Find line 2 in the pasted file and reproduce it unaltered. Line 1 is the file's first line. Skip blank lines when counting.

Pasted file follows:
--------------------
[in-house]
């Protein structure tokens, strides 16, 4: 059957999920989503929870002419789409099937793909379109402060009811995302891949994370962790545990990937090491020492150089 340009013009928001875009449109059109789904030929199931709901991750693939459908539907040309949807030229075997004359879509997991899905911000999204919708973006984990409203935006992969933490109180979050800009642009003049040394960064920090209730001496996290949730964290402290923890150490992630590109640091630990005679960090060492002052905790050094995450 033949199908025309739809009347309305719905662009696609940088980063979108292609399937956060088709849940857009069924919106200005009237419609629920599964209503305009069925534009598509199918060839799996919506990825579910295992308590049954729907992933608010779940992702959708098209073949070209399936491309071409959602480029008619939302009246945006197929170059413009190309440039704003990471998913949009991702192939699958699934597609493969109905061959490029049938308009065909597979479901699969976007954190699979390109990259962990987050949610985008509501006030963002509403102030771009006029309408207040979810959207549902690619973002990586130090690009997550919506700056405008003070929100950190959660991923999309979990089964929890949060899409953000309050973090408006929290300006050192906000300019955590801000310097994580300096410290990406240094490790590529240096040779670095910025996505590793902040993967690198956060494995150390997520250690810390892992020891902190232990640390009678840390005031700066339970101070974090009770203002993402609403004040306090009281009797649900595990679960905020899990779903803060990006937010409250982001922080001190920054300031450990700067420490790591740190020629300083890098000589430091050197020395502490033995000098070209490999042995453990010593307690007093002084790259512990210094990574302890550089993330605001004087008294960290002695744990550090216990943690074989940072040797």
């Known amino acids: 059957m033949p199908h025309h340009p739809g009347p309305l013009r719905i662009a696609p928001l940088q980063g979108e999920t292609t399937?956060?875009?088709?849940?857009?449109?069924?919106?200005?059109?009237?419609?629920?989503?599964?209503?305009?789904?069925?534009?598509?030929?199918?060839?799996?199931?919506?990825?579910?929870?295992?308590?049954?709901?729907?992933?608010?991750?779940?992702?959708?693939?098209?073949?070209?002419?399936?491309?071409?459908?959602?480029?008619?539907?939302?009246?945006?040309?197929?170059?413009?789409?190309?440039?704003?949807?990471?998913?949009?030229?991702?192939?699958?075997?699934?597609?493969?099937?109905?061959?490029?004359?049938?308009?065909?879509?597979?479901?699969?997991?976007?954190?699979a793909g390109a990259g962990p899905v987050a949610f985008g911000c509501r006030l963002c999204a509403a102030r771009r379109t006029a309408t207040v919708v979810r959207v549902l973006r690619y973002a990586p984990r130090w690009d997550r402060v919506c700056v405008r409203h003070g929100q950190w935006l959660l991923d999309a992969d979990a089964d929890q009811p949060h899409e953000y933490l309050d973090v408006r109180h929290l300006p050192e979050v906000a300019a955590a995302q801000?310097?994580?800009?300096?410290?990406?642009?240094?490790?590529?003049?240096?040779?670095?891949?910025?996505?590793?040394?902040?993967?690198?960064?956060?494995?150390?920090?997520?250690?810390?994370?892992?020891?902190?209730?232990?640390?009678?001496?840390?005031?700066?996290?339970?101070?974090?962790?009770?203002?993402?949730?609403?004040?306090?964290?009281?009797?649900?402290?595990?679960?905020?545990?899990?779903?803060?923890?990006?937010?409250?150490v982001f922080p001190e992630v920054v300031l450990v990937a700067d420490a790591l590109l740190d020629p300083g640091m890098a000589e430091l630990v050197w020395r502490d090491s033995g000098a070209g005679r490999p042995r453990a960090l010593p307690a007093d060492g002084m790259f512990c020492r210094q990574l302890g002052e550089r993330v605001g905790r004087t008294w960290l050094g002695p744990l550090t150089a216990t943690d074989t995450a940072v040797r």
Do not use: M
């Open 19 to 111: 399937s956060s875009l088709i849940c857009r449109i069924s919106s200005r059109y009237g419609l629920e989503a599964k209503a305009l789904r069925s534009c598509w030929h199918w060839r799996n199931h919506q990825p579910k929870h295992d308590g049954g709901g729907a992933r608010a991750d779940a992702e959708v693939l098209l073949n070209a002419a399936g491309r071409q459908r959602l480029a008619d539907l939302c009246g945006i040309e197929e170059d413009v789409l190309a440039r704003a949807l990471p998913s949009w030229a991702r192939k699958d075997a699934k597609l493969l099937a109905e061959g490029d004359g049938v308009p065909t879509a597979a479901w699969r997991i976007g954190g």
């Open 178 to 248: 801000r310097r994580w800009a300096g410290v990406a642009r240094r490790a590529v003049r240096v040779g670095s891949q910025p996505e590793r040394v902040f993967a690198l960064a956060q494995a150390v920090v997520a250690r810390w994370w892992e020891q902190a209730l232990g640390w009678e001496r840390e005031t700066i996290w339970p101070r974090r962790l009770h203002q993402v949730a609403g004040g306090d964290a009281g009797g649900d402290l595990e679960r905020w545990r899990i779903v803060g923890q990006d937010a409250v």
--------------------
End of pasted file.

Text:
């Protein structure tokens, strides 16, 4: 059957999920989503929870002419789409099937793909379109402060009811995302891949994370962790545990990937090491020492150089 340009013009928001875009449109059109789904030929199931709901991750693939459908539907040309949807030229075997004359879509997991899905911000999204919708973006984990409203935006992969933490109180979050800009642009003049040394960064920090209730001496996290949730964290402290923890150490992630590109640091630990005679960090060492002052905790050094995450 033949199908025309739809009347309305719905662009696609940088980063979108292609399937956060088709849940857009069924919106200005009237419609629920599964209503305009069925534009598509199918060839799996919506990825579910295992308590049954729907992933608010779940992702959708098209073949070209399936491309071409959602480029008619939302009246945006197929170059413009190309440039704003990471998913949009991702192939699958699934597609493969109905061959490029049938308009065909597979479901699969976007954190699979390109990259962990987050949610985008509501006030963002509403102030771009006029309408207040979810959207549902690619973002990586130090690009997550919506700056405008003070929100950190959660991923999309979990089964929890949060899409953000309050973090408006929290300006050192906000300019955590801000310097994580300096410290990406240094490790590529240096040779670095910025996505590793902040993967690198956060494995150390997520250690810390892992020891902190232990640390009678840390005031700066339970101070974090009770203002993402609403004040306090009281009797649900595990679960905020899990779903803060990006937010409250982001922080001190920054300031450990700067420490790591740190020629300083890098000589430091050197020395502490033995000098070209490999042995453990010593307690007093002084790259512990210094990574302890550089993330605001004087008294960290002695744990550090216990943690074989940072040797």